Because the effects of La Violencia left remote parts of the country in a power vacuum, corresponding to the aforementioned situation in Viotá, this created the platform for FARC and other guerrillas to be able to create infrastructures and command with a non-official authority. Gray noted that especially during Rojas’ time in power, ‘pockets of resistance’ survived where the peasantry had become radicalised, and that much of Colombia ‘remained isolated and without formal governance’ (Gray, 2011, p. 217). This further challenged Colombia’s political system. Without any form of authority in the rural areas, by the 1970s the Colombian government observed four primary guerrilla movements. These organisations were FARC; the Army of National Liberation (ELN); the Popular Liberation Army (EPL) and the April 19th Movement (M-19) (Dugas, 2009, p. 507). The purpose of these groups was to disrupt the political and socioeconomic order in Colombia. These groups contributed to an upsurge in violence in the 1970s that affected the safety and security of Colombians (Martz, 1992, p. 28). They were all directly opposed to the country’s political system.


By this time, the National Front regime was over, and though open elections had been resumed, scholars such as Harvey Kline said that there was only partial democracy in Colombia. Because the Constitutional Article 120 required that the nation’s presidents after 1978 had to offer “adequate and equitable” representation to the largest party other than their own (Martz, 1992, p. 28), this favoured the prevailing Conservative and the Liberal parties. Thus, Kline (1988) believed that this was the “bipartisan machine-oriented clientelism continued” (p. 25).  It seemed as if the resulting consequences from La Violencia had not changed the political system as hoped. The two-party monopoly of power fuelled the actions of guerrilla movements, who took advantage of the public apathy and took part in kidnappings of elites (ELN and EPL) and drug trafficking (FARC). What made matters worse was that President Julio César Turbay (1978–1982), used the military to try to extinguish these groups, though the three organisations above actually increased in size (Dugas, p.508, 2009).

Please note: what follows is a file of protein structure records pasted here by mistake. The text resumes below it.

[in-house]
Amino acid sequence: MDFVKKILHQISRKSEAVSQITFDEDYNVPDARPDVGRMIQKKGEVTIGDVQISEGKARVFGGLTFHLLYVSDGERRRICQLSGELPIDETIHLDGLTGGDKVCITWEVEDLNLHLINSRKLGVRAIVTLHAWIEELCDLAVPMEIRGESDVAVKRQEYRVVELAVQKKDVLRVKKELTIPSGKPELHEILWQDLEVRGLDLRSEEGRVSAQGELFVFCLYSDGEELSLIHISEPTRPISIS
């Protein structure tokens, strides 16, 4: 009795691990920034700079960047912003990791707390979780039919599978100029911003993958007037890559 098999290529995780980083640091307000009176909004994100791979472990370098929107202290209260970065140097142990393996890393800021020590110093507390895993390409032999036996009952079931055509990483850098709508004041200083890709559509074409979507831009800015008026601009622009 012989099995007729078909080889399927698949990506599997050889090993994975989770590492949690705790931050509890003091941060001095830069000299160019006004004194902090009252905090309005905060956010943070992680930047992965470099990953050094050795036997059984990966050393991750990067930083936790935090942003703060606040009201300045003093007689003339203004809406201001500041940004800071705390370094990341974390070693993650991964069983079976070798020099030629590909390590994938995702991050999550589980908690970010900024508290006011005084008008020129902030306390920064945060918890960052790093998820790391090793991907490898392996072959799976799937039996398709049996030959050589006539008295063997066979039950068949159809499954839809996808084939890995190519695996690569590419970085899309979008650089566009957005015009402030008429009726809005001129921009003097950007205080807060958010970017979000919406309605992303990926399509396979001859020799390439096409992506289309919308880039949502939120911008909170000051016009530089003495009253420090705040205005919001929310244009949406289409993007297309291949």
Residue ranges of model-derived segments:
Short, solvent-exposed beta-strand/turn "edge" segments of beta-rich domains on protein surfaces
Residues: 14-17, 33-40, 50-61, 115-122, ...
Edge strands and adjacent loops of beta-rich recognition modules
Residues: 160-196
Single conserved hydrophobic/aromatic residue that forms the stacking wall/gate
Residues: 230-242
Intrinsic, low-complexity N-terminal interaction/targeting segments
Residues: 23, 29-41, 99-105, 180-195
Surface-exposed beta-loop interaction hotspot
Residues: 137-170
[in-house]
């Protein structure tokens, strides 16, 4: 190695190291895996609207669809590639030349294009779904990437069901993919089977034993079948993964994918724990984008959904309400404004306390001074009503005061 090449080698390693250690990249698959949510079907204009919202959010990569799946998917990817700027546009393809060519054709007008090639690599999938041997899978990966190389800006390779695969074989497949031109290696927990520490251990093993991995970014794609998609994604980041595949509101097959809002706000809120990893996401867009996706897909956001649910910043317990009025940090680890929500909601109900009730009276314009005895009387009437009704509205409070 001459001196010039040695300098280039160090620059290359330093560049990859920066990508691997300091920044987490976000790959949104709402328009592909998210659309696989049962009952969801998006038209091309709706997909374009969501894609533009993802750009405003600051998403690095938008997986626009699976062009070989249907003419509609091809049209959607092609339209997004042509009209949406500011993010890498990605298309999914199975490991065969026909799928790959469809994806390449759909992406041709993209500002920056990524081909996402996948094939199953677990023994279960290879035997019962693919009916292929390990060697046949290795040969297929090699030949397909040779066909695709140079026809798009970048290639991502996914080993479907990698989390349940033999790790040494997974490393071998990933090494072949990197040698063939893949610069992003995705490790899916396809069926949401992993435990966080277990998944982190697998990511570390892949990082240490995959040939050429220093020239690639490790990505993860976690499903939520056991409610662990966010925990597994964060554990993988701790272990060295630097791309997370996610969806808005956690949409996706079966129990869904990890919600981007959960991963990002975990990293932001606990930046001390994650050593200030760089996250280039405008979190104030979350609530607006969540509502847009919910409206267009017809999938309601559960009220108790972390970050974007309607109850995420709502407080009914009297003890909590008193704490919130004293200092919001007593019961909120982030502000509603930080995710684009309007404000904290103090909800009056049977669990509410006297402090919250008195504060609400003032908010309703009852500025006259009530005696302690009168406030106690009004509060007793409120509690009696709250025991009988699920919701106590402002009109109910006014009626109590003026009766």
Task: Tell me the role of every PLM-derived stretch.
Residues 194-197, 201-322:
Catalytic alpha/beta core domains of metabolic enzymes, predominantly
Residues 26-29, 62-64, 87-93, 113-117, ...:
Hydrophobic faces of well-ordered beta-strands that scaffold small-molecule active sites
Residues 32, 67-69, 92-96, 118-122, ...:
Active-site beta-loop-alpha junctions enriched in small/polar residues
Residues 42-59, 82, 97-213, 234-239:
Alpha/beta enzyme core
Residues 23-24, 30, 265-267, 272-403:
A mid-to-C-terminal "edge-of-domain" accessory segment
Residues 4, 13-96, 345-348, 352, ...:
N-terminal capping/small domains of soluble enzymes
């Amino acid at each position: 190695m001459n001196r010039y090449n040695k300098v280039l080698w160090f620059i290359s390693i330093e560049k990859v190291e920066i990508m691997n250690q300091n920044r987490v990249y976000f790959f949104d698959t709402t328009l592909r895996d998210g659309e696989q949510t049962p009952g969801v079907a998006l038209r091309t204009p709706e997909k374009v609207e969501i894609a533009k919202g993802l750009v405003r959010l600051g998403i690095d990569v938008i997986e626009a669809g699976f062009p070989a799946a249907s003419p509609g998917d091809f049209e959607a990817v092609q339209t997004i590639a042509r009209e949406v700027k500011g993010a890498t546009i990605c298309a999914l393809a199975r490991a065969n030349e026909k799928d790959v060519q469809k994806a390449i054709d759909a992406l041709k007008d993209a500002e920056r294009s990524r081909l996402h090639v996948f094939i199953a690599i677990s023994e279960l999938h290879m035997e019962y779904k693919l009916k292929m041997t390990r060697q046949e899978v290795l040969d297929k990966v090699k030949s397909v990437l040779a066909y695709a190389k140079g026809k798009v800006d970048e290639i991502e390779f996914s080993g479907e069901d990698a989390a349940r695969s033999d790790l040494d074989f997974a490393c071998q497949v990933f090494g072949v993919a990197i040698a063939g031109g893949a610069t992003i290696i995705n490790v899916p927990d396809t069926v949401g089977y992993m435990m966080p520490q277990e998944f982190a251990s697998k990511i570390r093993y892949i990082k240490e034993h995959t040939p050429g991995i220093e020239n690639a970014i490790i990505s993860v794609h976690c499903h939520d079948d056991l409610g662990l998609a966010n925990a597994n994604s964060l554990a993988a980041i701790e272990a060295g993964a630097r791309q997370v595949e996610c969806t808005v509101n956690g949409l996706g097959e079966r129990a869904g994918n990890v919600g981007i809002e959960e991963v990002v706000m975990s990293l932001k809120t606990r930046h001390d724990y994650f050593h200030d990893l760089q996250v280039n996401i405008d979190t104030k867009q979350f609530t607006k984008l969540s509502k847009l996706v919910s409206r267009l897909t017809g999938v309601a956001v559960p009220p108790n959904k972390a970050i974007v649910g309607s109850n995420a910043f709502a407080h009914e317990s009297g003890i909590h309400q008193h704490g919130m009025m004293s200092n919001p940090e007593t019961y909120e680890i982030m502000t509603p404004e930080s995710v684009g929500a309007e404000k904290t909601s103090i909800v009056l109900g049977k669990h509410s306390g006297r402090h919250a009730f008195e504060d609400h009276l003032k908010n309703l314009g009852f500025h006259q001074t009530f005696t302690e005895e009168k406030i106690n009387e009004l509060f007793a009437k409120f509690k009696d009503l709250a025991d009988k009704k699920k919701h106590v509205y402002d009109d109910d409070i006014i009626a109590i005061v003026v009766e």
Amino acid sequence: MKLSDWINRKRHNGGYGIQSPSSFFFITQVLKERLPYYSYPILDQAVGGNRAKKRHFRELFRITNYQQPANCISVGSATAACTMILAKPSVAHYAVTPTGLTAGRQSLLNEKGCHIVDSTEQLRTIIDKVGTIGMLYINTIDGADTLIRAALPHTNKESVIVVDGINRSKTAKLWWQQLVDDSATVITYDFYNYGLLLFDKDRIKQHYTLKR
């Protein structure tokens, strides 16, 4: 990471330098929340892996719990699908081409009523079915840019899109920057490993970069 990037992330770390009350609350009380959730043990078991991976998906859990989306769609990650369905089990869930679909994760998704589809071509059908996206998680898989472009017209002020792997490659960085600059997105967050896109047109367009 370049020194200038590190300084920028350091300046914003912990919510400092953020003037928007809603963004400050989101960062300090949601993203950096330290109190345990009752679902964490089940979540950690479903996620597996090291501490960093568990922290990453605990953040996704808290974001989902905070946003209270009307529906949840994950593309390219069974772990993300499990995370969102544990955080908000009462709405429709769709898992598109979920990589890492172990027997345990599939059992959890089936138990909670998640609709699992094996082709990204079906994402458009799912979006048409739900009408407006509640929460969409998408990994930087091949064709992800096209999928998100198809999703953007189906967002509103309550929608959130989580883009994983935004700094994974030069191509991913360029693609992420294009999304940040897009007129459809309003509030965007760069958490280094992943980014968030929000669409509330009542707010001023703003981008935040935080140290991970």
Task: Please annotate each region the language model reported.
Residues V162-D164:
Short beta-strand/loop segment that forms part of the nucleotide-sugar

By the 1980s, the Conservative and Liberal parties were no longer ideologically different and still inherently elitist (Dugas, 2009, p. 508). Though Colombia called itself democratic, it maintained traditional political practice behind a façade (Vellinga, 1998, p. 11). The population became more disillusioned with the political process, and this was reflected in the 1982 presidential election when only half of the electorate voted (US Library of Congress, 1988). However, the new president Belisario Betancur called for political reforms, permitting the direct election of mayors for the first time (Mejia, 1983). He also tried to deal with the increasingly problematic anti-government guerrilla groups, in a more diplomatic way than his predecessor did. Betancur negotiated amnesties and truces, and one outcome of this process was the creation of a political party Patriotic Union (UP), made up of former FARC insurgents who abandoned the use of weapons (Gray, 2011, p. 219).